Category Archives: Cotton

Tennessee Weekly Crop & Weather Report

Author: Chuck Danehower, Extension Area Specialist - Farm Management No Comments

SOME CROPS STARTING TO SHOW STRESS; HAY HARVESTED

Even though there were some scattered thundershowers across the State, mostly hot, dry weather across most of the State last week caused some crops to start showing signs of stress. Some showers are needed to help replenish soil moisture. The drier weather did, however, allow for active hay harvest. There were 5.6 days suitable for field work. Topsoil was 2 percent very short, 12 percent short, and 77 percent adequate, and 9 percent surplus. Subsoil moisture was 2 percent very short, 13 percent short, 79 percent adequate, and 6 percent surplus. Continue reading at TN_07_16_18. The U.S. Crop Progress report can be read at CropProg-07-16-2018.

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Tennessee Market Highlights

Author: Chuck Danehower, Extension Area Specialist - Farm Management No Comments

Corn, soybeans, and wheat were down; cotton was up for the week. Another substantial drop in corn, soybean, and wheat futures prices this week as a result of positive weather forecasts and an intensifying tit-for-tat trade war with China. Cash soybean offerings in west Tennessee have dipped below $8. Prices are currently searching for a bottom as we are treading in untested waters from a technical standpoint.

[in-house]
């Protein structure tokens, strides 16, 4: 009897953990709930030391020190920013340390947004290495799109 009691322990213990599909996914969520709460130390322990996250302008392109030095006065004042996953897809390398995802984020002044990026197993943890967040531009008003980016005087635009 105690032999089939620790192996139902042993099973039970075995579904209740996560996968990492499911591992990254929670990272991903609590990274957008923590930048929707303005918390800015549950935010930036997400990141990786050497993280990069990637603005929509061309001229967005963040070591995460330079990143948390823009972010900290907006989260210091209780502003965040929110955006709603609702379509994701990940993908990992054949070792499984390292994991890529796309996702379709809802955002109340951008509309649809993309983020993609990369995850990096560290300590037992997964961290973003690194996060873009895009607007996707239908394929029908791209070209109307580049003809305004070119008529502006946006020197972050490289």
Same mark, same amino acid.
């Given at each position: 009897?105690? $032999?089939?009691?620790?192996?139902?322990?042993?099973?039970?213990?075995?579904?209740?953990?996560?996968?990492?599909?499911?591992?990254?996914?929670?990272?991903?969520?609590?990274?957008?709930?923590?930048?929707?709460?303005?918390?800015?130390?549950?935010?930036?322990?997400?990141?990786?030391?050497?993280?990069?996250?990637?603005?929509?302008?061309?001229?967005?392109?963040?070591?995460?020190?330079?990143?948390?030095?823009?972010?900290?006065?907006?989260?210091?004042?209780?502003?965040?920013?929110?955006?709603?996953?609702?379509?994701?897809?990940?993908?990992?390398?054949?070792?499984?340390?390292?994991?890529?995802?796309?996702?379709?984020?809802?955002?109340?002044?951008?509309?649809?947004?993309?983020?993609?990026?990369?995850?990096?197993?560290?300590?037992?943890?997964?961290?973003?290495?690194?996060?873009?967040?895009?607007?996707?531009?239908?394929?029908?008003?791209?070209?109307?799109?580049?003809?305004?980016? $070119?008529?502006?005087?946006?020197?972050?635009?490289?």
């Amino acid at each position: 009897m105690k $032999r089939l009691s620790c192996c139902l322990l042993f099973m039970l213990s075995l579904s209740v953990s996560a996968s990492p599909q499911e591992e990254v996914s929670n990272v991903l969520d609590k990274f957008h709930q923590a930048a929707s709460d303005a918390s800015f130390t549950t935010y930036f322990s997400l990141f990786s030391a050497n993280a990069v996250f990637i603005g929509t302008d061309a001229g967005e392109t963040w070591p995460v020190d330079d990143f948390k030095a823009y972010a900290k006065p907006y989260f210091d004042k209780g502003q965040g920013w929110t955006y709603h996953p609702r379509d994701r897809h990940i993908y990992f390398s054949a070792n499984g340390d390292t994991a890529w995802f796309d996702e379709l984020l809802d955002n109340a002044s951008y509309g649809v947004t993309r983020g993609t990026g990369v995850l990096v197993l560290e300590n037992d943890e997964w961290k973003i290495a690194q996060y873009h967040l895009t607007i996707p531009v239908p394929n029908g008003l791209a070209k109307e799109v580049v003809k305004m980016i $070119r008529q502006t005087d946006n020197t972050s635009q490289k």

In price risk management you often have to take the good with the bad when it comes to price fluctuations. To highlight this phenomenon one only has to look to the soybean and cotton futures markets from March 2018 to today. On March 1, November 2018 soybean futures closed at $10.38. This Friday (July 13) the November soybean contract closed at $8.34, a decrease of $2.04 (20% decrease). Conversely, on March 1, December 2018 cotton futures closed at 77.18 cents. This Friday (July 13) the December contract  closed at 87.84 cents, an increase of 10.66 cents (14% increase). Continue reading at Tennessee Market Highlights.

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Supply and Demand Estimates and Profitability Outlook

Author: Chuck Danehower, Extension Area Specialist - Farm Management No Comments